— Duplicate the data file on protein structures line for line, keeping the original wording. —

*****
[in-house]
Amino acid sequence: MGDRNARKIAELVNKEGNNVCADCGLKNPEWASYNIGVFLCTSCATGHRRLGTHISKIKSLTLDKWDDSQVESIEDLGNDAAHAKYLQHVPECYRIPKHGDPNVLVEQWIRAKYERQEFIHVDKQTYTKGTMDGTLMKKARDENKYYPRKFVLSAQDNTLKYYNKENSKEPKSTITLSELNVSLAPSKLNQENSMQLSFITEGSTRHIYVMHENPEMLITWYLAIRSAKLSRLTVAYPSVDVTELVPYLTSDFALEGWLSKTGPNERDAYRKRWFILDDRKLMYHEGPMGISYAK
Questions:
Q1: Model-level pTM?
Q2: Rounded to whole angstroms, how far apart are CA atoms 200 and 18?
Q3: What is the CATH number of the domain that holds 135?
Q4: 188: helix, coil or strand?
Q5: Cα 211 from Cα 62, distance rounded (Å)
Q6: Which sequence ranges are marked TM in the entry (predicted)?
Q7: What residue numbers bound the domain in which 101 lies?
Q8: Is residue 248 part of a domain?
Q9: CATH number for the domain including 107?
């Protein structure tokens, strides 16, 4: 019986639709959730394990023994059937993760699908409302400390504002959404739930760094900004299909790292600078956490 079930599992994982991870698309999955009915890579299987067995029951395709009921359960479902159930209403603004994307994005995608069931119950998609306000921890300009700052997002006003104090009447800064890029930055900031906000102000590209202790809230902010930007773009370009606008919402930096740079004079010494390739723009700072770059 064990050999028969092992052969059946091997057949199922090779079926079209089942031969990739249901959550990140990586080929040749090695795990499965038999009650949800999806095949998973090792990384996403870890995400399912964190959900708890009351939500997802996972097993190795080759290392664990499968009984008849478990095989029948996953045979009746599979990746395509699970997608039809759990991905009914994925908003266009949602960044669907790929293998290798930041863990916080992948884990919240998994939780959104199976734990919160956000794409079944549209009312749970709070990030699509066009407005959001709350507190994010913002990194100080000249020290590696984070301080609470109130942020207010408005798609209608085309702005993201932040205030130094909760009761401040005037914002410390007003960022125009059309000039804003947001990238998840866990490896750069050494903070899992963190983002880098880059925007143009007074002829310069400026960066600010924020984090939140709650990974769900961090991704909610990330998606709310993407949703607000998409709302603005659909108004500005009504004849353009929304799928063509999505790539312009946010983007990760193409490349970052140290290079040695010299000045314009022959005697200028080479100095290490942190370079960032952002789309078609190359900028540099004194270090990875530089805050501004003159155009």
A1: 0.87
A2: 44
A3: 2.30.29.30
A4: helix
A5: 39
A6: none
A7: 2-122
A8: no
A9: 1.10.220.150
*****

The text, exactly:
[in-house]
Amino acid sequence: MGDRNARKIAELVNKEGNNVCADCGLKNPEWASYNIGVFLCTSCATGHRRLGTHISKIKSLTLDKWDDSQVESIEDLGNDAAHAKYLQHVPECYRIPKHGDPNVLVEQWIRAKYERQEFIHVDKQTYTKGTMDGTLMKKARDENKYYPRKFVLSAQDNTLKYYNKENSKEPKSTITLSELNVSLAPSKLNQENSMQLSFITEGSTRHIYVMHENPEMLITWYLAIRSAKLSRLTVAYPSVDVTELVPYLTSDFALEGWLSKTGPNERDAYRKRWFILDDRKLMYHEGPMGISYAK
Questions:
Q1: Model-level pTM?
Q2: Rounded to whole angstroms, how far apart are CA atoms 200 and 18?
Q3: What is the CATH number of the domain that holds 135?
Q4: 188: helix, coil or strand?
Q5: Cα 211 from Cα 62, distance rounded (Å)
Q6: Which sequence ranges are marked TM in the entry (predicted)?
Q7: What residue numbers bound the domain in which 101 lies?
Q8: Is residue 248 part of a domain?
Q9: CATH number for the domain including 107?
């Protein structure tokens, strides 16, 4: 019986639709959730394990023994059937993760699908409302400390504002959404739930760094900004299909790292600078956490 079930599992994982991870698309999955009915890579299987067995029951395709009921359960479902159930209403603004994307994005995608069931119950998609306000921890300009700052997002006003104090009447800064890029930055900031906000102000590209202790809230902010930007773009370009606008919402930096740079004079010494390739723009700072770059 064990050999028969092992052969059946091997057949199922090779079926079209089942031969990739249901959550990140990586080929040749090695795990499965038999009650949800999806095949998973090792990384996403870890995400399912964190959900708890009351939500997802996972097993190795080759290392664990499968009984008849478990095989029948996953045979009746599979990746395509699970997608039809759990991905009914994925908003266009949602960044669907790929293998290798930041863990916080992948884990919240998994939780959104199976734990919160956000794409079944549209009312749970709070990030699509066009407005959001709350507190994010913002990194100080000249020290590696984070301080609470109130942020207010408005798609209608085309702005993201932040205030130094909760009761401040005037914002410390007003960022125009059309000039804003947001990238998840866990490896750069050494903070899992963190983002880098880059925007143009007074002829310069400026960066600010924020984090939140709650990974769900961090991704909610990330998606709310993407949703607000998409709302603005659909108004500005009504004849353009929304799928063509999505790539312009946010983007990760193409490349970052140290290079040695010299000045314009022959005697200028080479100095290490942190370079960032952002789309078609190359900028540099004194270090990875530089805050501004003159155009």
A1: 0.87
A2: 44
A3: 2.30.29.30
A4: helix
A5: 39
A6: none
A7: 2-122
A8: no
A9: 1.10.220.150